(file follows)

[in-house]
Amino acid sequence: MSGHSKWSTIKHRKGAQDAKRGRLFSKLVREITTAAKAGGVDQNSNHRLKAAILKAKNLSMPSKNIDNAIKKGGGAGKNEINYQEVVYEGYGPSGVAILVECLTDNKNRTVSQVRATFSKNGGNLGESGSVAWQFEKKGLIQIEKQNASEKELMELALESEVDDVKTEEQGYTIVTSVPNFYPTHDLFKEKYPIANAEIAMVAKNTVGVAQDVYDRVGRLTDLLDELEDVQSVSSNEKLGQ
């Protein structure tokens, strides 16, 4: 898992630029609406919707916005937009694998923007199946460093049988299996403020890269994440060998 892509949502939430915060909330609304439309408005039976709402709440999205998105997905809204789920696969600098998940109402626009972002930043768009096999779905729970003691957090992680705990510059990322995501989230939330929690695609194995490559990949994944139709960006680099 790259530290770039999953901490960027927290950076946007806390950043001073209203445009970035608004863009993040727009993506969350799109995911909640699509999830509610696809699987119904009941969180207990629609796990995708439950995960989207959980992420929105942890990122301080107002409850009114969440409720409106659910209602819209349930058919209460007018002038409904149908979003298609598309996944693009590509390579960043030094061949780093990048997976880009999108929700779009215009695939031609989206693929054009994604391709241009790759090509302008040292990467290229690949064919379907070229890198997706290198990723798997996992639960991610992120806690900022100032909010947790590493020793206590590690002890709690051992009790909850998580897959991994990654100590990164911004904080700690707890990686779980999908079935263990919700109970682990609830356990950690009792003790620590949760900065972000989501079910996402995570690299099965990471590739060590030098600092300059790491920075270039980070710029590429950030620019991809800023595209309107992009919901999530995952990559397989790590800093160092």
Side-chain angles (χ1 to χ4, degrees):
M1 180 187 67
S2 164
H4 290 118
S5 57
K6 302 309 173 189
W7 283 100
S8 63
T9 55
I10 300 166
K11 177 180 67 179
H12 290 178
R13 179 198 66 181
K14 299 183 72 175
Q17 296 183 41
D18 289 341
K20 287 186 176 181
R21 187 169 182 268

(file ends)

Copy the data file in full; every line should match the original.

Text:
[in-house]
Amino acid sequence: MSGHSKWSTIKHRKGAQDAKRGRLFSKLVREITTAAKAGGVDQNSNHRLKAAILKAKNLSMPSKNIDNAIKKGGGAGKNEINYQEVVYEGYGPSGVAILVECLTDNKNRTVSQVRATFSKNGGNLGESGSVAWQFEKKGLIQIEKQNASEKELMELALESEVDDVKTEEQGYTIVTSVPNFYPTHDLFKEKYPIANAEIAMVAKNTVGVAQDVYDRVGRLTDLLDELEDVQSVSSNEKLGQ
């Protein structure tokens, strides 16, 4: 898992630029609406919707916005937009694998923007199946460093049988299996403020890269994440060998 892509949502939430915060909330609304439309408005039976709402709440999205998105997905809204789920696969600098998940109402626009972002930043768009096999779905729970003691957090992680705990510059990322995501989230939330929690695609194995490559990949994944139709960006680099 790259530290770039999953901490960027927290950076946007806390950043001073209203445009970035608004863009993040727009993506969350799109995911909640699509999830509610696809699987119904009941969180207990629609796990995708439950995960989207959980992420929105942890990122301080107002409850009114969440409720409106659910209602819209349930058919209460007018002038409904149908979003298609598309996944693009590509390579960043030094061949780093990048997976880009999108929700779009215009695939031609989206693929054009994604391709241009790759090509302008040292990467290229690949064919379907070229890198997706290198990723798997996992639960991610992120806690900022100032909010947790590493020793206590590690002890709690051992009790909850998580897959991994990654100590990164911004904080700690707890990686779980999908079935263990919700109970682990609830356990950690009792003790620590949760900065972000989501079910996402995570690299099965990471590739060590030098600092300059790491920075270039980070710029590429950030620019991809800023595209309107992009919901999530995952990559397989790590800093160092």
Side-chain angles (χ1 to χ4, degrees):
M1 180 187 67
S2 164
H4 290 118
S5 57
K6 302 309 173 189
W7 283 100
S8 63
T9 55
I10 300 166
K11 177 180 67 179
H12 290 178
R13 179 198 66 181
K14 299 183 72 175
Q17 296 183 41
D18 289 341
K20 287 186 176 181
R21 187 169 182 268